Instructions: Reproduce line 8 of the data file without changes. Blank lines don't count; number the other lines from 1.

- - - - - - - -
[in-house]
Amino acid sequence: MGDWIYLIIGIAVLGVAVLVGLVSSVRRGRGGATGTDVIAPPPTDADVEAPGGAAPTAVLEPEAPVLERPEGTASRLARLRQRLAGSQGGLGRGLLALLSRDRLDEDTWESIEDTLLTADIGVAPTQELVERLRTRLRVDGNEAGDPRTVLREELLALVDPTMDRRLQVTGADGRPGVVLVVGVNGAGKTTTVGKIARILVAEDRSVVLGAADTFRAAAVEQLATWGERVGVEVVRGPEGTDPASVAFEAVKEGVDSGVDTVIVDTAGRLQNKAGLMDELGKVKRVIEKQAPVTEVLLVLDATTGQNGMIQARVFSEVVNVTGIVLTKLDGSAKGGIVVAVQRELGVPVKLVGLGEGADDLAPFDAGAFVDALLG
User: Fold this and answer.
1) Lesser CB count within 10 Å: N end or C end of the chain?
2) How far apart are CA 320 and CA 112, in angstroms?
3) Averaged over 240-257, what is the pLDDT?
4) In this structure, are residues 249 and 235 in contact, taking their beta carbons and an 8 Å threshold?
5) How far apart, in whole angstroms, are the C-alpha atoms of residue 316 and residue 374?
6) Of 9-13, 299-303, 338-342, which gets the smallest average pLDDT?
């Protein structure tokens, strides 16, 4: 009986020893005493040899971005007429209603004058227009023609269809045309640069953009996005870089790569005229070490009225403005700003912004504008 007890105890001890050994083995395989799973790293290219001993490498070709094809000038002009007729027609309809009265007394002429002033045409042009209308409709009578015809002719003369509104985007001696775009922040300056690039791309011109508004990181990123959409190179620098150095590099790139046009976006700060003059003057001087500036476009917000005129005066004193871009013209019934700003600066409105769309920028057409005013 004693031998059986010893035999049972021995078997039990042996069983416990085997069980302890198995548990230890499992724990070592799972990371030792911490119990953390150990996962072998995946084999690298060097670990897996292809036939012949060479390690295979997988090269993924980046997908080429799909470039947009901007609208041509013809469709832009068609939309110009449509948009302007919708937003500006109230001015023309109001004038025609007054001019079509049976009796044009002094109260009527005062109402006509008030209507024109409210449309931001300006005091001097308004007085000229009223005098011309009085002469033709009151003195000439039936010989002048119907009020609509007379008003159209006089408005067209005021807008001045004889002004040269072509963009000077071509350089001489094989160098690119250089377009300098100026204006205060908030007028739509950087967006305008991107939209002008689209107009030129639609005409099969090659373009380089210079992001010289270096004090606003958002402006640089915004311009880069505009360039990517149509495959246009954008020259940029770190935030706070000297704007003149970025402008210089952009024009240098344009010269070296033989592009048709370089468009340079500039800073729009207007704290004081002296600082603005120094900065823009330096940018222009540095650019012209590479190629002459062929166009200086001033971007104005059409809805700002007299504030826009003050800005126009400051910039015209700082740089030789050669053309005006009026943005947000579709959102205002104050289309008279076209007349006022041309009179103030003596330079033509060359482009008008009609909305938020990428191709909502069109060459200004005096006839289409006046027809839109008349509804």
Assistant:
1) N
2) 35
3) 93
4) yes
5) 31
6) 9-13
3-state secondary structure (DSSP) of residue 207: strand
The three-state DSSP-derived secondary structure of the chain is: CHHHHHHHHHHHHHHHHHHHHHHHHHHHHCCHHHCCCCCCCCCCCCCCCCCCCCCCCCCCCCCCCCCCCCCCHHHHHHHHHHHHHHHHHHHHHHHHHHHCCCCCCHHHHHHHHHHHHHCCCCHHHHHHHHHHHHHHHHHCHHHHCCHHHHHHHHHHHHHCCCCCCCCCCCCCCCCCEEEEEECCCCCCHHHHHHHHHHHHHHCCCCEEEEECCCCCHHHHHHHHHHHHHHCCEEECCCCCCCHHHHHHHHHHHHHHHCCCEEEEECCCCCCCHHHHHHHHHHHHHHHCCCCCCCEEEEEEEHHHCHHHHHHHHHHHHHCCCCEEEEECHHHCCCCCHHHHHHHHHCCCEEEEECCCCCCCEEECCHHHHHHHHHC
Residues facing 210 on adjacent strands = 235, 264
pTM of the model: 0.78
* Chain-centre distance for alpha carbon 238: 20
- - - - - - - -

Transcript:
5) How far apart, in whole angstroms, are the C-alpha atoms of residue 316 and residue 374?